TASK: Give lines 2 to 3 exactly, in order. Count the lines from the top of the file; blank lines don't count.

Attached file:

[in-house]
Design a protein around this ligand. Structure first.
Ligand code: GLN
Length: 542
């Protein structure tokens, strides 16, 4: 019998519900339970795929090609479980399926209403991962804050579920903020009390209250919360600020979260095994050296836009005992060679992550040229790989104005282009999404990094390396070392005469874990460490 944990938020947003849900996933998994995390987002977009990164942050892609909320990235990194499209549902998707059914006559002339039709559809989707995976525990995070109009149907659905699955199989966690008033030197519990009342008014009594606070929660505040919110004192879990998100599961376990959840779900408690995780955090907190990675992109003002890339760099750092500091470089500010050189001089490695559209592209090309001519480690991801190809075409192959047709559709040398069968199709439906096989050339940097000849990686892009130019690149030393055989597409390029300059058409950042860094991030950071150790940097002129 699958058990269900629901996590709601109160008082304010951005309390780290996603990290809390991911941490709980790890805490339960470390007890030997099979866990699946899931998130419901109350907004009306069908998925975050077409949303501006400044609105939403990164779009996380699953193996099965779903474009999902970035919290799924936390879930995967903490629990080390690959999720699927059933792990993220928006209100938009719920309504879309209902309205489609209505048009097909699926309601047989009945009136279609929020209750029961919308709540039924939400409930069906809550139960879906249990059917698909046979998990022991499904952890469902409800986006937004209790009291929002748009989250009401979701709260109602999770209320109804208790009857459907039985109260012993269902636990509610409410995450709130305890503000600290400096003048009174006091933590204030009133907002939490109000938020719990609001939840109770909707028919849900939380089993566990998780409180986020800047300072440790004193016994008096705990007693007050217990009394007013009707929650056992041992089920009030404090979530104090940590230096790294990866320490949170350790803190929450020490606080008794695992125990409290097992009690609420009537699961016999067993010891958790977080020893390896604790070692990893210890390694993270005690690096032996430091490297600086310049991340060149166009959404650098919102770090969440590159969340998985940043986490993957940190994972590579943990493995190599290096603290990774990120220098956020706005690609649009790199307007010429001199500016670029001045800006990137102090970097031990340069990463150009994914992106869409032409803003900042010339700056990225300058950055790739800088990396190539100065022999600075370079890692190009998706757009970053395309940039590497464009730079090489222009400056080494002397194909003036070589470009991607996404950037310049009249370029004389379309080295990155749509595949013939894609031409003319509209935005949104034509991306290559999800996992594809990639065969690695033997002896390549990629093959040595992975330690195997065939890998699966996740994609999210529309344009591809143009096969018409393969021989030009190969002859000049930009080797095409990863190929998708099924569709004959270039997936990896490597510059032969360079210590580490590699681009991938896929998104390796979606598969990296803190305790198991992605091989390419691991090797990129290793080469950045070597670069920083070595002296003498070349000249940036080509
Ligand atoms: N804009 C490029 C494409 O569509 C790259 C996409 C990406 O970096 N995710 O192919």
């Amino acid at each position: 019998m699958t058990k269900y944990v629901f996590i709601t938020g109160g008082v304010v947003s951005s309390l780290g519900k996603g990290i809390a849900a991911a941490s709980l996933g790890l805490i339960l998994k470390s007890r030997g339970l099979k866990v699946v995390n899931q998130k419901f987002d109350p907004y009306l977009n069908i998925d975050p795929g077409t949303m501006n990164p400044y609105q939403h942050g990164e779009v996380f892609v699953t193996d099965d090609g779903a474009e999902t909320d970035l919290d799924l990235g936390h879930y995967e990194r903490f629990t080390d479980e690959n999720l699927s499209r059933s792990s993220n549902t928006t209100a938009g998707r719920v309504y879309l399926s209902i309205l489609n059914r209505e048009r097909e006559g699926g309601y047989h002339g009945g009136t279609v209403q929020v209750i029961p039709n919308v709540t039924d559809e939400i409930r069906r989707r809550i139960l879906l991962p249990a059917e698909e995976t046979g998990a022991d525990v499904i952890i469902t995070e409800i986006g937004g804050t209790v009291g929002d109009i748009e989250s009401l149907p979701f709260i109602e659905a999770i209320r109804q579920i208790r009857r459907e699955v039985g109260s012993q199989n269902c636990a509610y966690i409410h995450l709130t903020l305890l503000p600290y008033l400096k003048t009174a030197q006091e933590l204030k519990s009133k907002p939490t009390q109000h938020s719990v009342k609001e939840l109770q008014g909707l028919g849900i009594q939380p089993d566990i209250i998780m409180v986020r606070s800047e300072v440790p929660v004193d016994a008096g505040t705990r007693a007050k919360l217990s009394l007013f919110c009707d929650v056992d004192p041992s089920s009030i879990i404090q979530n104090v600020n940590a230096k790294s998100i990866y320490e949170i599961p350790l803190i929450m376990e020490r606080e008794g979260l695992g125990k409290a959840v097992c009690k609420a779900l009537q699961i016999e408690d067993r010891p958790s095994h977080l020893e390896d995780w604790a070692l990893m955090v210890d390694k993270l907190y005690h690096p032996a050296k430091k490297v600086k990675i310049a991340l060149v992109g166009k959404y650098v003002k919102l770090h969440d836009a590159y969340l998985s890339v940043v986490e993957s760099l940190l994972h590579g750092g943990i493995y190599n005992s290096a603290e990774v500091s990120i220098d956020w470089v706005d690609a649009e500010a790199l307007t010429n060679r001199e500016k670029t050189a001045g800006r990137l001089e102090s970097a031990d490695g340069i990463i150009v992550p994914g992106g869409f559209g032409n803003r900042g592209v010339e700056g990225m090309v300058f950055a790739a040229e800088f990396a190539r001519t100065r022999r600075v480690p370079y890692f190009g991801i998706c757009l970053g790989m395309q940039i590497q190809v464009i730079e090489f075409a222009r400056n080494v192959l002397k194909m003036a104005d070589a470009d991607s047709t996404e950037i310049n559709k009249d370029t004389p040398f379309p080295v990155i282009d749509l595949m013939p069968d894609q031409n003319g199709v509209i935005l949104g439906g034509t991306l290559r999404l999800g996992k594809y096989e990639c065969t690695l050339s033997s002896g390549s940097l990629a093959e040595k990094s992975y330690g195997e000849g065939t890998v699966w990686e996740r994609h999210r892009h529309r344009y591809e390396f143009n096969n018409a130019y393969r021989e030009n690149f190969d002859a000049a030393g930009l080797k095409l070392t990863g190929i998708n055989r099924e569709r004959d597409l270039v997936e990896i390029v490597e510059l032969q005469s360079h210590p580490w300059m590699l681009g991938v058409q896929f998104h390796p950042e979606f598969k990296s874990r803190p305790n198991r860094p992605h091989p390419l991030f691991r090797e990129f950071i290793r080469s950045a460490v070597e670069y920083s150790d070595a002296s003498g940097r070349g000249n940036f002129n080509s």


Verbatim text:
Design a protein around this ligand. Structure first.
Ligand code: GLN